Daily brief: Aid organizations face funding emergency in Pakistan

Dire conditions Four major Western aid agencies — Oxfam, Save the Children, Care, and Acted — have cautioned that if they do not receive more funds soon, they may have to curtail operations helping some 5 million people impacted by flooding this year in the province of Sindh (BBC, Tel, AP, AFP, Reuters). The agencies also ...

RIZWAN TABASSUM/AFP/Getty Images
RIZWAN TABASSUM/AFP/Getty Images
RIZWAN TABASSUM/AFP/Getty Images

Dire conditions

Four major Western aid agencies -- Oxfam, Save the Children, Care, and Acted -- have cautioned that if they do not receive more funds soon, they may have to curtail operations helping some 5 million people impacted by flooding this year in the province of Sindh (BBC, Tel, AP, AFP, Reuters). The agencies also warned that a failure to adequately help the more than 9 million people affected by the floods could result in an "unimaginable catastrophe." And the Telegraph looks at why aid organizations are having so much trouble raising money (Tel).

Pakistani police have reportedly arrested 11 suspects in the killing of three Hindus in Sindh Monday, after the Hindu community in Shikarpur district declared a strike until the men's killers were brought to justice (ET, ET). And a study by the U.S. Commission on International Religious Freedom has found that Pakistani textbooks discriminate against Hindus and other religious minorities, while many teachers regard non-Muslims as "enemies of Islam" (AP, ET).

Dire conditions

Four major Western aid agencies — Oxfam, Save the Children, Care, and Acted — have cautioned that if they do not receive more funds soon, they may have to curtail operations helping some 5 million people impacted by flooding this year in the province of Sindh (BBC, Tel, AP, AFP, Reuters). The agencies also warned that a failure to adequately help the more than 9 million people affected by the floods could result in an "unimaginable catastrophe." And the Telegraph looks at why aid organizations are having so much trouble raising money (Tel).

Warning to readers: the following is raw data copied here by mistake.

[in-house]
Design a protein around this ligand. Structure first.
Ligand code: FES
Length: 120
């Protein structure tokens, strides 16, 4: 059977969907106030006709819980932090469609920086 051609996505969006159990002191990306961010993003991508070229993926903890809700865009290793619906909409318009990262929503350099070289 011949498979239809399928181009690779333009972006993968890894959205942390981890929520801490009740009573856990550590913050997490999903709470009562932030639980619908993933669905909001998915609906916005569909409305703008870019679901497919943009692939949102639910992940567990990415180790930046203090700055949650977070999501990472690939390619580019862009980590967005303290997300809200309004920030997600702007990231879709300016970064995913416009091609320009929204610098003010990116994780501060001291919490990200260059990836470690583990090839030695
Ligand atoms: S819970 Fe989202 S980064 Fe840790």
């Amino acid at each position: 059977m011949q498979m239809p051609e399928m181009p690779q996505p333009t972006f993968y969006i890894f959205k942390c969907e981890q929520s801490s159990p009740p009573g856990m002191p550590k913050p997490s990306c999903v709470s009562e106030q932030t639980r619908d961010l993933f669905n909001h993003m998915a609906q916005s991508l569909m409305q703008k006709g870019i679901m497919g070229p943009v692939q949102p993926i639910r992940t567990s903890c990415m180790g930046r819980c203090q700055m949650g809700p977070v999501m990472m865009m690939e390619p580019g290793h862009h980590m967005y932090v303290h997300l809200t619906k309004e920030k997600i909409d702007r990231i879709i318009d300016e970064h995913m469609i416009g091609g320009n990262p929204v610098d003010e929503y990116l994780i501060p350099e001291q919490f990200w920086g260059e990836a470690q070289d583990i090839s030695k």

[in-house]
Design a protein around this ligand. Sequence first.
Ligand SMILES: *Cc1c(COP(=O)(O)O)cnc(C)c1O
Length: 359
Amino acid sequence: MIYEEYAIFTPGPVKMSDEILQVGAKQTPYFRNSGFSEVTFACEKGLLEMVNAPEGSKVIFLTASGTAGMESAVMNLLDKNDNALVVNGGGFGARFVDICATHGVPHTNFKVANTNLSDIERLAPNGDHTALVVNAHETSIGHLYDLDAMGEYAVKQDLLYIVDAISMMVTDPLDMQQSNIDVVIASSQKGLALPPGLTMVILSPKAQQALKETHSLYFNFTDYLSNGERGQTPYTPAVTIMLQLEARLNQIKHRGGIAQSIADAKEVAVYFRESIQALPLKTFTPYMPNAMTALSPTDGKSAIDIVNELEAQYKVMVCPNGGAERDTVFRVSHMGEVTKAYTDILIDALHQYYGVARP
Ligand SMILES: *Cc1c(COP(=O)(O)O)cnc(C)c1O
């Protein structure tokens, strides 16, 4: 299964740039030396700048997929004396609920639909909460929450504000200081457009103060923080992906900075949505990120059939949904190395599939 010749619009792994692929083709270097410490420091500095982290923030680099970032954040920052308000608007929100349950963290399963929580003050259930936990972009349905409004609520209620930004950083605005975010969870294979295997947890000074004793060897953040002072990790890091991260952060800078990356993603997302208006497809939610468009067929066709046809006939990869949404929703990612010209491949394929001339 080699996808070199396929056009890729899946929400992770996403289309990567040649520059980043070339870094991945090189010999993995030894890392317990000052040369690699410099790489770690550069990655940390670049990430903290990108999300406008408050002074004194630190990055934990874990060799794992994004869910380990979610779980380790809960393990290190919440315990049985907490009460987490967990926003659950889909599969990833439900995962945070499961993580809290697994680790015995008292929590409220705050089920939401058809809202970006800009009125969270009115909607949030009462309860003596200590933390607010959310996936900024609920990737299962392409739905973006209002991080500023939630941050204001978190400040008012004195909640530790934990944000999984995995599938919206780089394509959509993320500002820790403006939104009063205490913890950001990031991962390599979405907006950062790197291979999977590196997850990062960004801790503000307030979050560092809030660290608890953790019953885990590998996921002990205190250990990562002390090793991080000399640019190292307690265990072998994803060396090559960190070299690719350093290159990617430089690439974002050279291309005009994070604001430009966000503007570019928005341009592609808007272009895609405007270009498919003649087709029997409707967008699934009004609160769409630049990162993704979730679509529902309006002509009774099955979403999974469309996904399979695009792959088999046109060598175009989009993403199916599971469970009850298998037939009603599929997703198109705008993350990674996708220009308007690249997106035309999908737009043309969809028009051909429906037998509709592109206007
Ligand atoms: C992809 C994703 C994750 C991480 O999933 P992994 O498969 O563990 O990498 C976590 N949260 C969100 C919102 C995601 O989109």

Pakistani police have reportedly arrested 11 suspects in the killing of three Hindus in Sindh Monday, after the Hindu community in Shikarpur district declared a strike until the men’s killers were brought to justice (ET, ET). And a study by the U.S. Commission on International Religious Freedom has found that Pakistani textbooks discriminate against Hindus and other religious minorities, while many teachers regard non-Muslims as "enemies of Islam" (AP, ET).

In a meeting with visiting U.S. Congressman Michael McCaul (R-TX), Pakistani President Asif Ali Zardari called the Haqqani Network "snakes" and said he would work with the United States to "eradicate them" (AP). The statement comes a day after an anonymous U.S. official told Reuters that, "A spectacular raid or a set of spectacular mis-steps" in Afghanistan by a Pakistan-based group could seriously damage the U.S-Pakistan relationship (Reuters). And Pakistani authorities say that they have captured a Swat Valley Tehreek-i-Taliban Pakistan (TTP) member in the Mardan district of Khyber-Pakhtunkhwa province (ET).

Four stories round out the news: Pakistani opposition politician Imran Khan’s Pakistan Tehreek-i-Insaf (PTI) has announced that it will form an "anti-corruption cell" to investigate the assets of the country’s leading politicians (ET). Indian and Pakistani officials met in the Maldives Tuesday ahead of the South Asian Association for Regional Cooperation (SAARC) summit this week, while Indian Foreign Minister SM Krishna told journalists that the "trust deficit" with Pakistan is growing smaller (Dawn, BBC, Dawn). And former Pakistani cricket captain Salman Butt has filed an appeal in a British court against his conviction last week for match-fixing (BBC).

Friendly fire

An Afghan soldier standing watch at a base in Uruzgan province opened fire on his colleagues Tuesday with an automatic rifle and grenade launcher, seriously wounding three Australian soldiers and two Afghans (AP, AFP, SMH). The Afghan soldiers on the base have been disarmed and confined to barracks, while the soldier responsible for the attack fled in an Afghan army vehicle (Guardian). 

An Afghan official in Paktika province claimed that Afghan forces with U.S. air support killed at least 60 militants Tuesday night after the fighters tried to attack Afghan and NATO bases in the area (AP, Reuters, BBC). And an Afghan policeman was killed Tuesday in the southern province of Zabul when Taliban forces attacked his checkpoint (Tolo).

Looking back

Tolo News this weekend reflected on the many ways Kabul has changed in the past 30 years, looking at growth and pollution as well as war and conflict (Tolo). Experts blame the explosion of growth and lack of infrastructure for some of the pollution now choking the city.

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